The tunnels and chambers of the Great Sphinx of Giza Part 1 - ORIGINS

In the last couple of years, there has been an intensification of interest in the possibility of undiscovered tunnels and chambers in or under the Great Sphinx of Giza.*

An internet search for "tunnels and chambers of the Sphinx" will usually result in finding an image something like the one shown here, showing the conjectured location of tunnels and rooms within the head and body of the Great Sphinx. For now, at least, elaborate chambers and tunnels such as these have to remain in the realm of fantasy. But that is not to say that there are no chambers and tunnels associated with the Great Sphinx of Giza - because there are.

A speculative reconstruction of chambers and tunnels found within the Great Sphinx of Giza based on a photograph by Francis Frith from 1858 held in the Getty Museum.

Stories about tunnels and chambers within and under the Sphinx have a long pedigree.

An account of the Great Sphinx of Giza dating from the 17th century CE reveals some bizarre details of how the Great Sphinx was understood before modern excavation. In his book published in 1674, Georg Christoff Von Neitzschitz reported that:

"In this huge head would have lived, not many years before, an oracle, or divine diabolical spirit, who would reside apparently inside the a deep and dark hole through which one would have to pass with much care during the ascent and descent. Then it would return underground into that head, from where would be given counsel and instructions to the pagans on the subjects of which they enquired....** (Sieben-jährige und gefährliche neu-verbesserte Europae, Asiatica und Africanische welt beschreibung (1674)).

As incredible as this account may seem to many of us now, it is possible in retrospect to reconstruct the process by which various strands of apparent evidence were gradually woven into this fantastic tale. We can trace how fragmented details about the Great Sphinx were drip-fed into the popular imagination of early-modern European readers, far removed from the monument and its historical and geographical context. And how, over time, these little tantalising snippets of information from various sources and reports were connected to form a logical, yet ultimately distorted and exaggerated, understanding of the monument and its original function.

But to fully grasp the origins of this wondrous tale, we need to go back to the very beginning.

A Subterranean Structure?

There are no direct references to tunnels or chambers within or under the Sphinx in the Egyptian hieroglyphic texts that have been discovered and translated so far. The Dream Stela of Thutmose IV, found by Giovanni Battista Caviglia at the base of the Great Sphinx's chest in 1817, makes no references to tunnels or chambers.

However, the stela does show the Sphinx sitting on a hieroglyphic representation of a structure with a doorway. This style of depiction of the Great Sphinx was prevalent during the 18th dynasty of Egypt around 1500BCE.

The Dream Stela of Thutmose IV illustrated by Karl Richard Lepsius.

Image Details: General Research Division, The New York Public Library.. Neues Reich. Dynastie XVIII. Pyramiden von Giseh [Jîzah]. (1849 - 1856) Stele vor dem grossen Sphinx.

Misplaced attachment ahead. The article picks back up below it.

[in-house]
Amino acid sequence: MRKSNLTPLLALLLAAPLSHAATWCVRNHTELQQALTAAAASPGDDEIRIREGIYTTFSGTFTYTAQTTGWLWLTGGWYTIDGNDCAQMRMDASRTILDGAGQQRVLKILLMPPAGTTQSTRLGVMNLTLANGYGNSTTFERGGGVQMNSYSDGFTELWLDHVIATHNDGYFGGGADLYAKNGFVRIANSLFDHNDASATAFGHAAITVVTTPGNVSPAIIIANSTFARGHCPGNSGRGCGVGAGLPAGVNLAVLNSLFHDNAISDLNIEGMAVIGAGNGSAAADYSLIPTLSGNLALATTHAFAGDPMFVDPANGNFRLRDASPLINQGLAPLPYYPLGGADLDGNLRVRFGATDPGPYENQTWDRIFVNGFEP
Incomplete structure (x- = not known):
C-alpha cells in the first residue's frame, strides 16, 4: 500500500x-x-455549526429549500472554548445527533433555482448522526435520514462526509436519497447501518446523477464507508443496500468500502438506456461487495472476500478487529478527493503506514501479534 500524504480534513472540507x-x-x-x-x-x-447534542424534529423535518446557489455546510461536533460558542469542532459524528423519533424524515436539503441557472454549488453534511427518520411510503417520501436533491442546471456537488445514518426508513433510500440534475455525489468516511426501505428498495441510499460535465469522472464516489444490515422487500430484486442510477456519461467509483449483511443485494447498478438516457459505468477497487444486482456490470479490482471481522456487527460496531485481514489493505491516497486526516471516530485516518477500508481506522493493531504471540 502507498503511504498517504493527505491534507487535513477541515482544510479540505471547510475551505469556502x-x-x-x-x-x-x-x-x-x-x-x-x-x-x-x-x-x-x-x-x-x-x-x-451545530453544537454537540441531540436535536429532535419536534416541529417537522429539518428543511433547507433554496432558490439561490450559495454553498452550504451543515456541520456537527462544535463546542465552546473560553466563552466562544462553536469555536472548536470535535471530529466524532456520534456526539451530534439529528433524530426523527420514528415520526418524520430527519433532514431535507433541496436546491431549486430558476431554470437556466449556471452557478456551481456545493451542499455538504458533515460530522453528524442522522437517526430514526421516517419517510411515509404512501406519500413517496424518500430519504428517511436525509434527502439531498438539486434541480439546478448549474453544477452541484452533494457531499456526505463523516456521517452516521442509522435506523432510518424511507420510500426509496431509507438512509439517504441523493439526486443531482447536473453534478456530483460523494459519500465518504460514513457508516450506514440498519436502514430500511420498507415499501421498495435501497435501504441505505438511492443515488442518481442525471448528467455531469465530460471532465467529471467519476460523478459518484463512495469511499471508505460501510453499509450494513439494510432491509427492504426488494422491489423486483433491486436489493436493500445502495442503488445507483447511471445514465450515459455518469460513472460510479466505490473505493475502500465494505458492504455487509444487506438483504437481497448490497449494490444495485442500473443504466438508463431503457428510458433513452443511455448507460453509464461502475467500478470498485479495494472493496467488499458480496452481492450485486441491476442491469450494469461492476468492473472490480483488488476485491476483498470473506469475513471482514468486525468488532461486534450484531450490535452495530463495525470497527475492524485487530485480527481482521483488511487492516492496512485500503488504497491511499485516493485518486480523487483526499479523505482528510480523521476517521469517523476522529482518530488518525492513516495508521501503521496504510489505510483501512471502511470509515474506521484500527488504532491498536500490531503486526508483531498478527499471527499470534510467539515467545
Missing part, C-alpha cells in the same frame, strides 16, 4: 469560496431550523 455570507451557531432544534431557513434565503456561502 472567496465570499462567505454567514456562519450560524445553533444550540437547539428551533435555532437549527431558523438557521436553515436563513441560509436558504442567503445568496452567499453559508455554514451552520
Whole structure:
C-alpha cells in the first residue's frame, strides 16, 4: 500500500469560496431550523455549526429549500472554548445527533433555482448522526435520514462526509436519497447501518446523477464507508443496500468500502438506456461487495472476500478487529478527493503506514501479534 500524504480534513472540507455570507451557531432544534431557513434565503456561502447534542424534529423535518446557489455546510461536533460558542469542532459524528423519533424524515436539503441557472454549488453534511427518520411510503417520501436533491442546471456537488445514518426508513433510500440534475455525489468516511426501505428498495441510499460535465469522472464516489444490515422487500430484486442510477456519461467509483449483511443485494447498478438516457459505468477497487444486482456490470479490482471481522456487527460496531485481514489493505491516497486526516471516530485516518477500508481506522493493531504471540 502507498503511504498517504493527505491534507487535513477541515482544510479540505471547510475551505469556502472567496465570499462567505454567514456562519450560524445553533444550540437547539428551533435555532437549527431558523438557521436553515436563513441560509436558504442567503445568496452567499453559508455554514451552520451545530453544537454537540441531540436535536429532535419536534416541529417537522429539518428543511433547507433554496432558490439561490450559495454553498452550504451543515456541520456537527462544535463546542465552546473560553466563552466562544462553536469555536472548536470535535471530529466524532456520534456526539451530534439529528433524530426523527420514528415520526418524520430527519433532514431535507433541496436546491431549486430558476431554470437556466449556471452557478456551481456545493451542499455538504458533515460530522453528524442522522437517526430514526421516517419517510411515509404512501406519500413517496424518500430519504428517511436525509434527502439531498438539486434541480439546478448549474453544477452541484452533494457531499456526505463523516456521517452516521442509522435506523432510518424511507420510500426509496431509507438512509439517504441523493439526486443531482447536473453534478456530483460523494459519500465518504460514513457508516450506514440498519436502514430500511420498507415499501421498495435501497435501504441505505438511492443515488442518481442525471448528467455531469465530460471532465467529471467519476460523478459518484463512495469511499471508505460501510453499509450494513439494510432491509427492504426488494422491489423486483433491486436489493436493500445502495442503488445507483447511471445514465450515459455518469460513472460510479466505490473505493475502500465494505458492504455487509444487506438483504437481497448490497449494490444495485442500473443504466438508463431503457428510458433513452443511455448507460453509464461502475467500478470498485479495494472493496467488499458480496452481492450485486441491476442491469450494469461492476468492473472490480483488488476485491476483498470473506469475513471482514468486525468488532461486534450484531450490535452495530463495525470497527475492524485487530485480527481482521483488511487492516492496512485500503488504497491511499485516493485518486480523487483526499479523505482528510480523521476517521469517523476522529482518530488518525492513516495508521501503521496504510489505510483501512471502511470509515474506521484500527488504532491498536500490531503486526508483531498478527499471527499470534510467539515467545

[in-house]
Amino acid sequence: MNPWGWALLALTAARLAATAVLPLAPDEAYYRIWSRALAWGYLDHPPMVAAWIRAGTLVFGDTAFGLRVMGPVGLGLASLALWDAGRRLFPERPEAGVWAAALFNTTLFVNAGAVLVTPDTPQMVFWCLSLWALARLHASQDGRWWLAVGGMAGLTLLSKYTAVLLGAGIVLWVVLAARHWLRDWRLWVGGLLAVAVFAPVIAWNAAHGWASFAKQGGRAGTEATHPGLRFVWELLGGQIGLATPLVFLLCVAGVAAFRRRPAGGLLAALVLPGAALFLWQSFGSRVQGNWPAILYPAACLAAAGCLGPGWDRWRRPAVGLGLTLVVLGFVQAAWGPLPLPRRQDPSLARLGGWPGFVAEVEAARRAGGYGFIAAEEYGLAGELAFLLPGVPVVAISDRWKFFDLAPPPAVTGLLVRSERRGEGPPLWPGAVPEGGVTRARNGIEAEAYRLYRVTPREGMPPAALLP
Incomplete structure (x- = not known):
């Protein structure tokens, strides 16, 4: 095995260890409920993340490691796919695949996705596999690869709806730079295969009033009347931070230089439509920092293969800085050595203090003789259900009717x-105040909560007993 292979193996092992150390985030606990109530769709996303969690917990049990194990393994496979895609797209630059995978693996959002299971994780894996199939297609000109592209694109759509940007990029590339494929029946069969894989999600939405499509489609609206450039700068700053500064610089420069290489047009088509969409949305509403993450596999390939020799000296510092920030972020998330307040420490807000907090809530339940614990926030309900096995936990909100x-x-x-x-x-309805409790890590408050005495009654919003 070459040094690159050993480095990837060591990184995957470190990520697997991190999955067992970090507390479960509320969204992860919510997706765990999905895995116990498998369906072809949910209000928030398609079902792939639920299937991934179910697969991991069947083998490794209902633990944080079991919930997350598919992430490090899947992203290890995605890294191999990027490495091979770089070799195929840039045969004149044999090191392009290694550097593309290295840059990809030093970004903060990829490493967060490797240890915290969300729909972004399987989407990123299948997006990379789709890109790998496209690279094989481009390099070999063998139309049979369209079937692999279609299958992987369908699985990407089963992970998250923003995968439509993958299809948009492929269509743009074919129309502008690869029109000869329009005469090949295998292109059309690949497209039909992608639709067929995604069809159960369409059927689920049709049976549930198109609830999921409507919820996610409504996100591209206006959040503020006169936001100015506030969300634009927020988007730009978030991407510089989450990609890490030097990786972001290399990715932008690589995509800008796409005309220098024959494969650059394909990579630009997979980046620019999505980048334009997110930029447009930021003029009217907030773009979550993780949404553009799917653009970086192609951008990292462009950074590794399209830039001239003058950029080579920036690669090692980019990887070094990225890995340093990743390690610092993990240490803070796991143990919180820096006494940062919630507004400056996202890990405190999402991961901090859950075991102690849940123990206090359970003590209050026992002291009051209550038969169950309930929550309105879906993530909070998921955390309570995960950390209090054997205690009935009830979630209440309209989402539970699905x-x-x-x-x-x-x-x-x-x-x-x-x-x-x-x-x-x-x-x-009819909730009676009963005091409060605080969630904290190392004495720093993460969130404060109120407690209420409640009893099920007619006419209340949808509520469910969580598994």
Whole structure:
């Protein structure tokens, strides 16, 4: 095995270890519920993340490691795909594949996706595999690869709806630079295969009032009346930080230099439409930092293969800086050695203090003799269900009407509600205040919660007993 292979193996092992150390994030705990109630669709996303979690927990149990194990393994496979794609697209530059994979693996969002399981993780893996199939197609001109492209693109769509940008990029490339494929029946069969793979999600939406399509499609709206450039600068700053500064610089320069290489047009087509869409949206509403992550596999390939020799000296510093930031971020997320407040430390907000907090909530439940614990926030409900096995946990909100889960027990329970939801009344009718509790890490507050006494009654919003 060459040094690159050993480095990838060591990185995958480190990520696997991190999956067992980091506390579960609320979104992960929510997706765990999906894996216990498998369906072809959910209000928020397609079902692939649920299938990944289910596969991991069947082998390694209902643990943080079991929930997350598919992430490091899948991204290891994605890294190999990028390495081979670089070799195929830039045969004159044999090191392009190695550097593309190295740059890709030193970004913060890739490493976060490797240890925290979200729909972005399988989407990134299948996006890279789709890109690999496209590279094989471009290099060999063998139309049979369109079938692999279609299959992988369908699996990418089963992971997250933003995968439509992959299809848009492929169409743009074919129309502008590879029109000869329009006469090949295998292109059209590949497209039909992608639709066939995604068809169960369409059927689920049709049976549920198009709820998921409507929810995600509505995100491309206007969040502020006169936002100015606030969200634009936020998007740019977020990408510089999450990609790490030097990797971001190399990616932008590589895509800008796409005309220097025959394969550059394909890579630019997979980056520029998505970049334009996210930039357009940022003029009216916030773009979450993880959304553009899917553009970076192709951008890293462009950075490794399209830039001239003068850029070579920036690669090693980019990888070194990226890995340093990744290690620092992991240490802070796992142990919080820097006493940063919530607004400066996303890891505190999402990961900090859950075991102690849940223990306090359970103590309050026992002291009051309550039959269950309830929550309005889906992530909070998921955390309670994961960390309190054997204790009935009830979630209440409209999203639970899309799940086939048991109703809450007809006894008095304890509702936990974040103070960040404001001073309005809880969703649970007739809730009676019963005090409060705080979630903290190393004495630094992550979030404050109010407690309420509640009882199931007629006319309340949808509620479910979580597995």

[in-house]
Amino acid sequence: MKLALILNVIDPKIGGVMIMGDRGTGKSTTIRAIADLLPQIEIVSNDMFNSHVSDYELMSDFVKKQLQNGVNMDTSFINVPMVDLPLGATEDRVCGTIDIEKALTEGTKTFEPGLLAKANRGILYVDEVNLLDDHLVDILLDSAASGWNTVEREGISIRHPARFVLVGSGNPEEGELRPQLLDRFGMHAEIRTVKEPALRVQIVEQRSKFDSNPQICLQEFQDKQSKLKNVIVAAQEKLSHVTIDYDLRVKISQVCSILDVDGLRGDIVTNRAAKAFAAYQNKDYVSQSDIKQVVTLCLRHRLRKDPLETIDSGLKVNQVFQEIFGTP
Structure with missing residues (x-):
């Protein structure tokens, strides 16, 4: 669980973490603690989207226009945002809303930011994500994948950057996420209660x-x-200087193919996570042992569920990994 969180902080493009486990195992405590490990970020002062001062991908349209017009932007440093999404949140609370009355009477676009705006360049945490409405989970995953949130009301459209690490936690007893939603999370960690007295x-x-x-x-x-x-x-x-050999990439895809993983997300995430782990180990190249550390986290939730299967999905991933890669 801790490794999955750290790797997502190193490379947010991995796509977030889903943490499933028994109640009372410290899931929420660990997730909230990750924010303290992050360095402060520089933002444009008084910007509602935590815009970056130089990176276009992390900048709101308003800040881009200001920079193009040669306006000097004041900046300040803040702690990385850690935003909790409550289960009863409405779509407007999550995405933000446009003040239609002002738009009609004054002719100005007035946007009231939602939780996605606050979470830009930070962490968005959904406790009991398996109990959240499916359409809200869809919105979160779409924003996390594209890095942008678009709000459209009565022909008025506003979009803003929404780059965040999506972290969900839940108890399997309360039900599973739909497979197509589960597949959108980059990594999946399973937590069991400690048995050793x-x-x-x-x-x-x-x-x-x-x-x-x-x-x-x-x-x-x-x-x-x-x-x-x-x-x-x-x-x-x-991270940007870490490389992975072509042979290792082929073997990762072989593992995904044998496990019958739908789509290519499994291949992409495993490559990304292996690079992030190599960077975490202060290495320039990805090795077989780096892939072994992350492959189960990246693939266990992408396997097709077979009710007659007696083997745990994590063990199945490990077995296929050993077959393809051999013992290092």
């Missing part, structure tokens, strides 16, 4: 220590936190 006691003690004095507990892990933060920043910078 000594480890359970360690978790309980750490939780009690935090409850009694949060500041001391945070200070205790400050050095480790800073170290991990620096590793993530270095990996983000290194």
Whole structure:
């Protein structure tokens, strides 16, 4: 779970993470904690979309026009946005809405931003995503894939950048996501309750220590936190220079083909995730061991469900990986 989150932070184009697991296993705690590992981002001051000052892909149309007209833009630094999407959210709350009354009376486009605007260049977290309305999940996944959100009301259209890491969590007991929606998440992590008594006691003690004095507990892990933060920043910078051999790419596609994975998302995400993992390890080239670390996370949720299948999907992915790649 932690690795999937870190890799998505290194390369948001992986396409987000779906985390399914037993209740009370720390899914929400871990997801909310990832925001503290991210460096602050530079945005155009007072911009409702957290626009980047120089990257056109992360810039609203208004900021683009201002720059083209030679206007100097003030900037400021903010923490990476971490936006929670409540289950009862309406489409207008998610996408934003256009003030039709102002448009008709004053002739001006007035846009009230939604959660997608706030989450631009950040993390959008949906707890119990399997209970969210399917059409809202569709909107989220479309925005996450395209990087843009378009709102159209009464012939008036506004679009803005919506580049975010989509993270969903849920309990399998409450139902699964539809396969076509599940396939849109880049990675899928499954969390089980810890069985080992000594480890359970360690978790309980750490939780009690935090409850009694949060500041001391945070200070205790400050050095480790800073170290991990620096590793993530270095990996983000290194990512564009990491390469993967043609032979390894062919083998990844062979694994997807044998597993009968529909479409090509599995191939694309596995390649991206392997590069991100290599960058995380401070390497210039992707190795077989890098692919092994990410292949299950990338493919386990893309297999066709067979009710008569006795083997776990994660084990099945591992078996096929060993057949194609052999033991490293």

Detail from the dream stela of Thutmose IV depicted by Karl Richard Lepsius showing the Sphinx resting on a structure with a doorway.

Image Details: General Research Division, The New York Public Library.. Neues Reich. Dynastie XVIII. Pyramiden von Giseh [Jîzah]. (1849 - 1856) Stele vor dem grossen Sphinx.

The Hieroglyphs O33 (on the left) representing a palace or tomb facade and the hieroglyph 021 (on the right) signifying a temple or shrine

It is tempting to interpret the hieroglyphic depiction of the Sphinx on the Dream Stela literally, suggesting the possibility that the Sphinx sits directly on top of an underground structure.

The structure illustrated on the stela integrates aspects of the hieroglyph O33 representing a palace or tomb facade, and O21 meaning a shrine or temple to form a combined hieroglyph upon which the Sphinx rests.

The connection with a tomb facade resonates with two other interesting historical and archaeological facts.

First, the granite sarcophagus of Menkaure found inside Giza's 3rd and smallest pyramid replicates this style of representation of a palace or tomb facade.

The Granite Sarcophagus found within the 3rd pyramid attributed to Menkaure illustrated in Operations carried on at the pyramids of Gizeh in 1837: with an account of a voyage into Upper Egypt, and an appendix (1840) by Howard Vyse

Second, Pliny the Elder's account of the Great Sphinx dating to the 1st century CE states:

"[the inhabitants of the region] are of the opinion that a King Harmais is buried inside it...." (Pliny Natural History Book 36, Chapter 17. )

Combined, the evidence suggests the alluring possibility that the Sphinx contained a burial below it in a secret underground chamber.

However, subsequent accounts of the Great Sphinx dating to more than a millennium later make no reference to a tomb within or under the Sphinx as suggested by Pliny. Arabic historians such as Abd Al-Latif writing in the early 13th century, Al Maqrizi writing in the early 15th century, and the earliest European visitors, who started publishing their observations in travelogues at the end of the 15th century, simply do not refer to it.

The Idol of Isis

As strange as it may seem to us now, the earliest European visitors do not seem to have connected the statue of the Great Sphinx, of which the head and neck only were visible above the sand, with Pliny's account of the Great Sphinx. Instead, they often refer to the solitary colossal head they observed at Giza as the Idol of Isis.

The Sphinx represented as an Idol of Isis from Kurtzer und warhafftiger Bericht von der Reiss aus Venedig nach Hierusalem (1582) by Johannes Helfrich, Johannes